Autumn on the Medway

Monday was the calm after the first big storm of autumn, a sunny day to packraft 8 miles along the Medway from Tonbridge to Yalding station. With recent heavy rains, I was expecting a noticeable current on the usually placid Medway whose flow is constrained by numerous locks.

I’ve been caught out on this river before by massively dropped water levels (usually during winter maintenance), so I remembered to check the river status on the website. Oddly it claimed all was normal, but the Medway was clearly up to the grass and I wondered if the five canoe chutes downstream may be closed. Oh well, each lock or weir has a handy low-level jetty so a little portaging will be some extra exercise. It wasn’t till I got back home that I saw they’d issued the warning you see above left.

The noise of the thundering weir at Tonbridge Town Lock put me on edge, and as I set off across the carpet of white scum the over-loaded weir had generated, I was mindful of the latest in a series of revelations about how much raw sewage gets dumped directly into English rivers and coasts by water treatment plants (it’s said fines are cheaper than treatment). A week ago it’s said public outrage had forced the government to reverse a vote against regulating raw sewage dumping.
In fact, it seems intensive livestock production is a greater threat to healthy, biodiverse rivers. A few months ago activist George Monbiot exposed how the Wye (which we packrafted last spring) was choking to death from the effluent produced by cattle, pig and chicken installations in its catchment area. The brown, flood-charged brown waters swirling around me now took on a different meaning.

The Medway was moving like a proper unfettered river at a pace I’d not seen before. Small eddies, boils and whorls spun up to the surface at each bend or constriction, and occasionally the boat got pushed or pulled about.

On arriving at Eldridge Lock, the very shallow-gradient chute had burst its banks, so to speak, and was twice as wide as normal, with the metal edges of the channel hidden in the brown murk. A little taken aback, I was too focussed on keeping the packraft in line to take a photo. Once down, the powerful eddies belting out of the churning weir right alongside the chute took a bit of digging to get across, before carrying on downstream through the frothed-up scum.
As a longer boat could have got crossed up and flipped over in the unconstrained chute,  you’d think think they’d have closed it.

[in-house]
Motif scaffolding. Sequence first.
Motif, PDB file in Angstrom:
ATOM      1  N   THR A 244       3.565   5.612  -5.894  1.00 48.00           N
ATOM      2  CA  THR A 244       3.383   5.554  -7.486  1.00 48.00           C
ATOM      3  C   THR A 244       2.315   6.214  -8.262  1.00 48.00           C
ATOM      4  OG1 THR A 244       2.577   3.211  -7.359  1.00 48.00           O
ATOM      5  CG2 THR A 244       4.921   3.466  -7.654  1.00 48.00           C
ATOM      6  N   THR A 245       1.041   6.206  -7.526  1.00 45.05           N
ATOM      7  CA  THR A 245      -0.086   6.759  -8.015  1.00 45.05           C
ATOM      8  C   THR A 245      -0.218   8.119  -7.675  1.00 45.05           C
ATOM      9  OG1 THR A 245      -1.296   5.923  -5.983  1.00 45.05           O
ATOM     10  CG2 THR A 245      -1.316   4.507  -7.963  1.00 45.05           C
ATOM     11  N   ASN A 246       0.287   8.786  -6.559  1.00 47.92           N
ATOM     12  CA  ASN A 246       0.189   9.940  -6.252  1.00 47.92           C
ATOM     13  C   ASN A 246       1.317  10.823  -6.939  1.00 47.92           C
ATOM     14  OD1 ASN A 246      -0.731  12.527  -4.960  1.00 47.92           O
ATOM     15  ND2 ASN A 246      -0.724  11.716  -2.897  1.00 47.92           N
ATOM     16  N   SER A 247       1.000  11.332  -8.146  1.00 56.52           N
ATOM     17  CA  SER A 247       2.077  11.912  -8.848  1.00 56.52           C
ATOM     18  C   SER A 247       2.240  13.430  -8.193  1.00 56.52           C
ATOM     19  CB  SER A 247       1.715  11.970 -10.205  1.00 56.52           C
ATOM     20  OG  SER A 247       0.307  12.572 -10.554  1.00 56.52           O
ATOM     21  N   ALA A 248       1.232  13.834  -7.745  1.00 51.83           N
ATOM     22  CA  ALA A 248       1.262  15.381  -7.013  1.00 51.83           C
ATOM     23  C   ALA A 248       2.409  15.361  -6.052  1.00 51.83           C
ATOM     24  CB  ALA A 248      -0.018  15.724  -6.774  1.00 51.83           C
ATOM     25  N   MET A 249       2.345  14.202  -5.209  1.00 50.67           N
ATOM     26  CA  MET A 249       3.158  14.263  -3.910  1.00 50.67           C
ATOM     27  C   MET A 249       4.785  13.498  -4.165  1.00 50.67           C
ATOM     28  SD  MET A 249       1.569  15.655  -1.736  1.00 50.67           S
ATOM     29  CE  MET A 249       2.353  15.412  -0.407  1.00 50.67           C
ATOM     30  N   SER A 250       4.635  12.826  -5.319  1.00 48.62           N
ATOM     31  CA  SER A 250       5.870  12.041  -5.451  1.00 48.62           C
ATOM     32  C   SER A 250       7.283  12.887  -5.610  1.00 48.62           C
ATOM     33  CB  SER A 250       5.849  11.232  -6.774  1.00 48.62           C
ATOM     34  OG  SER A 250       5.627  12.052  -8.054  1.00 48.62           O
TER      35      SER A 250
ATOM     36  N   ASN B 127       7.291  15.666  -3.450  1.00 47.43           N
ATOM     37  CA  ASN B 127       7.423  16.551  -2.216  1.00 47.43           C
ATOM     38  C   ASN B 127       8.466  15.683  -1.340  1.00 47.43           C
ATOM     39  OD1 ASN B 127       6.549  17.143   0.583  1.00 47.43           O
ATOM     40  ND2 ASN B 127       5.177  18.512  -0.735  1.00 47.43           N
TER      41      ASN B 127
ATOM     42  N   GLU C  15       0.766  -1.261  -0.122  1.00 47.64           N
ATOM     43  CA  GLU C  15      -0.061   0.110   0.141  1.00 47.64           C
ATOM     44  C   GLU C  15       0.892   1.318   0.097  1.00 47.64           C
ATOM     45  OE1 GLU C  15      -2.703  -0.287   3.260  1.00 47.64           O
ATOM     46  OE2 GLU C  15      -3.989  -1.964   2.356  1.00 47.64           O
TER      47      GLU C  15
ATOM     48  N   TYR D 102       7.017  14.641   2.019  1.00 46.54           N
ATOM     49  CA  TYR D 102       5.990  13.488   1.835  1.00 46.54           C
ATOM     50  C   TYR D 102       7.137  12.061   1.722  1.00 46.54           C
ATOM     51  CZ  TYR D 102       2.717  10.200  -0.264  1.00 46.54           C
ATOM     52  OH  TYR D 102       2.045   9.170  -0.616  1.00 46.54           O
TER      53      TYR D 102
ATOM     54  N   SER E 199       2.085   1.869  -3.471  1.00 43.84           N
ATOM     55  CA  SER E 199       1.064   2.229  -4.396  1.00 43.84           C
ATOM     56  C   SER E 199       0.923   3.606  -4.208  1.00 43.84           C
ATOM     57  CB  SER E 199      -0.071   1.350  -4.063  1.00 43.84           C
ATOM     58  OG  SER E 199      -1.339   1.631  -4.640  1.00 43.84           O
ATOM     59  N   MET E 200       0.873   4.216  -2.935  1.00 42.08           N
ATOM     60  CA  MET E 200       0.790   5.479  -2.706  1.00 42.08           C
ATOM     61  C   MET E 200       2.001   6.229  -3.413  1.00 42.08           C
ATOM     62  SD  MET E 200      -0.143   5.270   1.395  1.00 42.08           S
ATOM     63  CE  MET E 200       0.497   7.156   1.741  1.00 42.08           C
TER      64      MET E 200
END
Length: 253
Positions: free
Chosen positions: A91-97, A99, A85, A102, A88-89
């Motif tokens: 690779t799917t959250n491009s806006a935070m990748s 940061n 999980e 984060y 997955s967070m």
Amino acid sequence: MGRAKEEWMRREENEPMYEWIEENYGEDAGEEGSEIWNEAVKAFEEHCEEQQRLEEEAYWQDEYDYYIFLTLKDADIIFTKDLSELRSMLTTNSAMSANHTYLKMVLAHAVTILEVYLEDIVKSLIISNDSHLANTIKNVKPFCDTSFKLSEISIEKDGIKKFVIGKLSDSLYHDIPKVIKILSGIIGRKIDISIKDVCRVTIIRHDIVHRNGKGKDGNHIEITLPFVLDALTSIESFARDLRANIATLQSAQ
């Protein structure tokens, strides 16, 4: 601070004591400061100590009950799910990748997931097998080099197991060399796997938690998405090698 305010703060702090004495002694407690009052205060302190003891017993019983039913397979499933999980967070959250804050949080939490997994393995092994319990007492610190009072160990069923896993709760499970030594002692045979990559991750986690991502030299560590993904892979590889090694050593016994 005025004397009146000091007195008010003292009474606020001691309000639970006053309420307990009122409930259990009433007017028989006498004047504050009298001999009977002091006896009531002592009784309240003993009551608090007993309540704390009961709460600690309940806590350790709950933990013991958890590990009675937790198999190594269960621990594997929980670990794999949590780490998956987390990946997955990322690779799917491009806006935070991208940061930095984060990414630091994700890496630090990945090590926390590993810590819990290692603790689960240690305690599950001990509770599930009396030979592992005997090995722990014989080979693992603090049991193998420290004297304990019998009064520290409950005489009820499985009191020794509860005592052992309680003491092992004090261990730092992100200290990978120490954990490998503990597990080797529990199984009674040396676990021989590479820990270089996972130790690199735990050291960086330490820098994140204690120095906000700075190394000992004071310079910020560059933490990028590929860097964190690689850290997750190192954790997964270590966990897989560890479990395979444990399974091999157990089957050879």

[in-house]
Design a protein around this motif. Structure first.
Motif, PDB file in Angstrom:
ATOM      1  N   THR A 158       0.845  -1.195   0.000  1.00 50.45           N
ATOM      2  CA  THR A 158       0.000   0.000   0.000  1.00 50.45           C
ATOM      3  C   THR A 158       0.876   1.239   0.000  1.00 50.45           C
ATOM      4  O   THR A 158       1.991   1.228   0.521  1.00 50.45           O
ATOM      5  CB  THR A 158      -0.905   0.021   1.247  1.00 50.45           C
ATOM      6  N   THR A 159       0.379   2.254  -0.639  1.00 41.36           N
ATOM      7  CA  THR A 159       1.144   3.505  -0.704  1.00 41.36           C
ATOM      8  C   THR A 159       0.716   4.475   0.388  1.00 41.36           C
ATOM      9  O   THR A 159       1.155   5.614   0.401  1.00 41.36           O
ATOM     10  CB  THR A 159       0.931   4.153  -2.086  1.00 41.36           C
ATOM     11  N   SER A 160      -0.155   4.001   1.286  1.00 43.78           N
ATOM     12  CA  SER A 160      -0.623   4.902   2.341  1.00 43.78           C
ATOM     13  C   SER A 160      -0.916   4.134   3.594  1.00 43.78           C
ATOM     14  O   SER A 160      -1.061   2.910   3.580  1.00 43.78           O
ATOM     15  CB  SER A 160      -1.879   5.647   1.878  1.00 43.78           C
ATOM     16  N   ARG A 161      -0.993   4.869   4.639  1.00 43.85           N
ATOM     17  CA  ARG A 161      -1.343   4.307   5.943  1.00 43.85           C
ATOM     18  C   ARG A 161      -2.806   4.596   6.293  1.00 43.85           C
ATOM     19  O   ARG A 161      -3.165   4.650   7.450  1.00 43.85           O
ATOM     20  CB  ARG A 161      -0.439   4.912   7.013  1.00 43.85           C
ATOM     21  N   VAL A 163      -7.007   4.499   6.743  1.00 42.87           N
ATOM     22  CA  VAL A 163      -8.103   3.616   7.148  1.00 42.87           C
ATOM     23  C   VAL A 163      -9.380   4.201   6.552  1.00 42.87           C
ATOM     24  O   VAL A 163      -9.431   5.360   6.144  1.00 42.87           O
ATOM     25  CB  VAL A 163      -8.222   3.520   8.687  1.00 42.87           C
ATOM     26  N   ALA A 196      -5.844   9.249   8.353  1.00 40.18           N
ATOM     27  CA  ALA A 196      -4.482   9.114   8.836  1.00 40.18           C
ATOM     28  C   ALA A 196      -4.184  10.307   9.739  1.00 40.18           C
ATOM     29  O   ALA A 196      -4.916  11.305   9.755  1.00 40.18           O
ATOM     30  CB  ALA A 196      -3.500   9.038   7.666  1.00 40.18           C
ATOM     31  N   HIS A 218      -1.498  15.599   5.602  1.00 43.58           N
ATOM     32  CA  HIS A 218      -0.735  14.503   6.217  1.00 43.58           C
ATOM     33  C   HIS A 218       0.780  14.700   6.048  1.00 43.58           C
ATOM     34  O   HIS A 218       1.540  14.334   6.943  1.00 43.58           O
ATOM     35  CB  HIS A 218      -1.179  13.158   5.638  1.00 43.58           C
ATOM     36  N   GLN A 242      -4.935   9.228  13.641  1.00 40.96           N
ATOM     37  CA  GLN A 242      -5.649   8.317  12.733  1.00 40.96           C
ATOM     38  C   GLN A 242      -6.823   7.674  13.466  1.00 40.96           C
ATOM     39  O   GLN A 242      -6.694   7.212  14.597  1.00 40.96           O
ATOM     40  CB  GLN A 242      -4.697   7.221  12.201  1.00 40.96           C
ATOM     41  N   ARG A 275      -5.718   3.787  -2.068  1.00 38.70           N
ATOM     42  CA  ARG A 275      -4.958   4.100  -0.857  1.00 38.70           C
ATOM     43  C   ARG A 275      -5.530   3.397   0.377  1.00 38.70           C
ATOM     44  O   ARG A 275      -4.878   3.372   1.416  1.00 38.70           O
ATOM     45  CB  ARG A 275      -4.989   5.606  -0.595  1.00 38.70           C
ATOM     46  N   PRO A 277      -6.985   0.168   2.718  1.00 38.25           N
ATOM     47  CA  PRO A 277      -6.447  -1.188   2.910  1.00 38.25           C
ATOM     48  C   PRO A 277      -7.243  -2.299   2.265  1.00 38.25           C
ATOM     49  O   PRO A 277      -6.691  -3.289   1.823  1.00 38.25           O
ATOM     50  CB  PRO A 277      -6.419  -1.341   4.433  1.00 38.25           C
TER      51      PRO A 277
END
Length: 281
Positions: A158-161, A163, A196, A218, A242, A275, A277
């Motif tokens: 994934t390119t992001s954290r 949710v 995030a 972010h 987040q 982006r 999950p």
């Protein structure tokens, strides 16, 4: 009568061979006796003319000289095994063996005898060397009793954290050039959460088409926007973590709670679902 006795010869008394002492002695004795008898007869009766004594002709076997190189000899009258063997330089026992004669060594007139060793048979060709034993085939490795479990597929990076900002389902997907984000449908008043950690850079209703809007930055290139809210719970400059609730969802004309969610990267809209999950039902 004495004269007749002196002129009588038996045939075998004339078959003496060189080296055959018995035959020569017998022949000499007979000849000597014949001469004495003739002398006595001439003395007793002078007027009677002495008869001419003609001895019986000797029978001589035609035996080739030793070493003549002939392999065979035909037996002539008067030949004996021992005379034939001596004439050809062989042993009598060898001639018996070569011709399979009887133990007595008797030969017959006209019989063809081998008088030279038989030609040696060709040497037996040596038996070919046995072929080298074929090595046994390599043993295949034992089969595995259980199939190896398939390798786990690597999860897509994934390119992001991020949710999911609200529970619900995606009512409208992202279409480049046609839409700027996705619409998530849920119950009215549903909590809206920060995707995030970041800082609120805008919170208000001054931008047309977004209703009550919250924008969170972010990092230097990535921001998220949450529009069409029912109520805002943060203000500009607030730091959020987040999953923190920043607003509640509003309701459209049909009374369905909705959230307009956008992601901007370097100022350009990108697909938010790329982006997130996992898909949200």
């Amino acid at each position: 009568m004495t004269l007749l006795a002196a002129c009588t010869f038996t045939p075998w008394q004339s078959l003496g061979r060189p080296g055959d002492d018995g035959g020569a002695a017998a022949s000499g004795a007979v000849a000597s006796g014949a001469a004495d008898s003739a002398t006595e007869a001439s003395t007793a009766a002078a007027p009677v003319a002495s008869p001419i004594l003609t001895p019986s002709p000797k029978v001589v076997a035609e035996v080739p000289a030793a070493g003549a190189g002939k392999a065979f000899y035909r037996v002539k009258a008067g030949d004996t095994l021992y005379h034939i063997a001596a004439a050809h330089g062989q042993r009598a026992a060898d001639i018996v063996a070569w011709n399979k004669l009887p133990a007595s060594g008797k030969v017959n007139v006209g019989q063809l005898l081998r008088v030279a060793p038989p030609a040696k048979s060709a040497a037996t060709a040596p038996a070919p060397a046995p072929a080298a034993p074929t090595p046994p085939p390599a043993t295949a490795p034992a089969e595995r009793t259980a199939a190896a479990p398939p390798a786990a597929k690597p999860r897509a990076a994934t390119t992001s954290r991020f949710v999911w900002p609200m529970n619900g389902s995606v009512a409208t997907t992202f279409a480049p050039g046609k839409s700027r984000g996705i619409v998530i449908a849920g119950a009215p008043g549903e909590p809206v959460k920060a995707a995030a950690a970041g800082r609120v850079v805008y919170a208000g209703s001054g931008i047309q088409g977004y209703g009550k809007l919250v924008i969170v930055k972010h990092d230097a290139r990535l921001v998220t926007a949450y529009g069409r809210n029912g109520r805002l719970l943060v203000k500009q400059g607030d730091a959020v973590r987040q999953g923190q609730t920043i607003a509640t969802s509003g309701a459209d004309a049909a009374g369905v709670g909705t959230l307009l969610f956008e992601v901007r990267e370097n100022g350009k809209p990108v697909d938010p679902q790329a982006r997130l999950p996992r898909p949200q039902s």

Downriver, the gate was closed on the Porters Lock chute, which appeared the same as normal and perfectly straightforward. With the base of the chute separated from the adjacent weir’s turbulence, I slipped under the bar, as I’ve done before, and shot the chute with ease.

The next two chutes at the similar East- and Oak Weir Locks were also unflooded if flowing briskly within their sides. But the gates were too low to slip under, so I rolled out of the boat and carried it down to the jetty.

Sluice chute running a bit harder on another day

With the strong current and a helpful back breeze, I got to the final chute at Sluice Weir in what felt like no time. Branches and other debris obscured the entry point which, even at the best of times, is difficult to nose up to to check the chute was clear without getting sucked in.

Because you never know what may be jammed half way down the chute until you tip over the edge, I decided to cross over to the jetty on the other bank and have a look before hurtling down.

Just as well as, although the chute was clear and running shallow within it sides, the thundering weir alongside span a back eddy clockwise right into the placid drop zone. The packraft would have almost certainly skimmed over to the flow, but as I was right by the put-back-in jetty, the ‘dare’ didn’t seem worth the risk. Messing about near weirs can end badly. Maybe it was a matter of timing on the day, but it seemed ironic that two potentially dodgy chutes were open, while the three straightforward ones were closed.

All that remained was the last mile or two to Yalding Weir and on down the short, deadwater canal to Hampton Lock for a wipe, roll up and the 14:40 back to London.

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